The Lawn Tennis Association has again been forced to defend itself against charges of failure and financial profligacy by the chair of the All Party Tennis Group, Baroness Billingham.
Billingham, a long-standing critic of the organisation, used the Queen's Speech debate in the House of Lords on Tuesday to brand the LTA a "total shambles" and called on Sports Minister Hugh Robertson to order an inquiry.
The LTA, who strongly dispute the majority of the allegations levelled by Billingham, hit back, saying: "The speech contained a number of inaccuracies that do not reflect a true picture of British tennis."
Billingham was part of the All Party Tennis Group that levelled similar allegations two years ago when asked to investigate the governing body by the then Sports Minister Gerry Sutcliffe in the wake of a Davis Cup defeat to Lithuania.
Despite a heavy defeat to Belgium last month in Davis Cup Euro-Africa Zone I, some progress has been made, in particular at women's world-class level with four Britons currently in the world's top 150.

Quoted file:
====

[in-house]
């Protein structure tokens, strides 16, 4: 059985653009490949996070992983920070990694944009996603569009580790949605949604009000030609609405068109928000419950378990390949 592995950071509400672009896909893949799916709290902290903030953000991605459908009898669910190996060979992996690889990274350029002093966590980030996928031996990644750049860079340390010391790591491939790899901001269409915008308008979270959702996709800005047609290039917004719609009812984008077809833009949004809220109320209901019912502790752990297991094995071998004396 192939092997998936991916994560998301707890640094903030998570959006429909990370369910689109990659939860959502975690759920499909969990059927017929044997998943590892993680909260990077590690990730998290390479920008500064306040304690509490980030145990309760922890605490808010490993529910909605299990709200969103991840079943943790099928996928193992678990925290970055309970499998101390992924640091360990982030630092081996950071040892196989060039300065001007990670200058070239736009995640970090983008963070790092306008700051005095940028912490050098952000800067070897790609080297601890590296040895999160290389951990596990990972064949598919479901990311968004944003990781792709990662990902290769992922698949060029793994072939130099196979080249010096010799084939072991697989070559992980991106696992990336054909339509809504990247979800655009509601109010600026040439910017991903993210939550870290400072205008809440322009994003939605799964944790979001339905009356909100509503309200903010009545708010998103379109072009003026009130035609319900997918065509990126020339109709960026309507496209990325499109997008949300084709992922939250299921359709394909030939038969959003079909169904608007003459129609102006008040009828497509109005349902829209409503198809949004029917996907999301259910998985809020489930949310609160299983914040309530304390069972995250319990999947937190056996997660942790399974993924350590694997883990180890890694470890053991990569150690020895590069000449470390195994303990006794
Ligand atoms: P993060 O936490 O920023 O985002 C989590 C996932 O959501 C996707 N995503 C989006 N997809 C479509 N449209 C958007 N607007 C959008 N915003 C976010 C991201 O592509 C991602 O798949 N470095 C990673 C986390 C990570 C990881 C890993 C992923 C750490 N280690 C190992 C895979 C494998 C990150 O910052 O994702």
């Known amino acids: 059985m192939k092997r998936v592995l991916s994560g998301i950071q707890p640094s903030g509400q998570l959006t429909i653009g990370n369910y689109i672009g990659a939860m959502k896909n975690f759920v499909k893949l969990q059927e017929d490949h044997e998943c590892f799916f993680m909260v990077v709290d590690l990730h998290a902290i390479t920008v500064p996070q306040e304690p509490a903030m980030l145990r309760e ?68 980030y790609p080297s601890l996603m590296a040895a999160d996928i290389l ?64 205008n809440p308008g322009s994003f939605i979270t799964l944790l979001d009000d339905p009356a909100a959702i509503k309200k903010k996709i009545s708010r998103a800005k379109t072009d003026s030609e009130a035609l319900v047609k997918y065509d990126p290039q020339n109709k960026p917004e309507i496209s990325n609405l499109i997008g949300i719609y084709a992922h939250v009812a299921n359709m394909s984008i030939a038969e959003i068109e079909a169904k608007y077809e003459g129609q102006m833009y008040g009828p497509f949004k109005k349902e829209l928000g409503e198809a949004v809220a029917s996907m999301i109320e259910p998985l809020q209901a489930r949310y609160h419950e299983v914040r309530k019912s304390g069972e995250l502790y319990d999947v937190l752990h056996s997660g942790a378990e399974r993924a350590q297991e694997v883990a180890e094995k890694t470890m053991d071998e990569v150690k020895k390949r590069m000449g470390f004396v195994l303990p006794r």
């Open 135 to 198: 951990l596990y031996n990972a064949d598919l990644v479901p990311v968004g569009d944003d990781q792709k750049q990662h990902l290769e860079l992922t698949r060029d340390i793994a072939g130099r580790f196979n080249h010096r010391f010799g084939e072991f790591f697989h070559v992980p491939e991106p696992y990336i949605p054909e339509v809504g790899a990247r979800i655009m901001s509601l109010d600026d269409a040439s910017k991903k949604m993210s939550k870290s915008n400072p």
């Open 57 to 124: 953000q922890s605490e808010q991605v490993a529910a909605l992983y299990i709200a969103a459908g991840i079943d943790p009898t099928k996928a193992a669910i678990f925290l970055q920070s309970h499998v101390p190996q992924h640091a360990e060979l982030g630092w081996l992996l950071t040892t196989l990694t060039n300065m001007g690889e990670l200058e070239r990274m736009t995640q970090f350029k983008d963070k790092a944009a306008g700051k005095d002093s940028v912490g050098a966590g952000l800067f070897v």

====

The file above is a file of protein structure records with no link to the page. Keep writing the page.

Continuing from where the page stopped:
Billingham said: "The LTA are a total shambles, tottering from one broken pledge to another, the British press and the world's press aghast at the huge cost and pathetic results of six years of mismanagement. It is pitiful.
"I call on Hugh Robertson, the Minister for Sport, to set up an urgent review and inquiry into British tennis. He must insist on transparency of all expenditure and salaries, especially given the LTA receives public money - taxpayers' money."
The LTA insist the public are beginning to see improvements. Great Britain won the junior Davis Cup for the first time last year, and three British boys made the semi-finals of the US Open, including the eventual winner, Oliver Golding.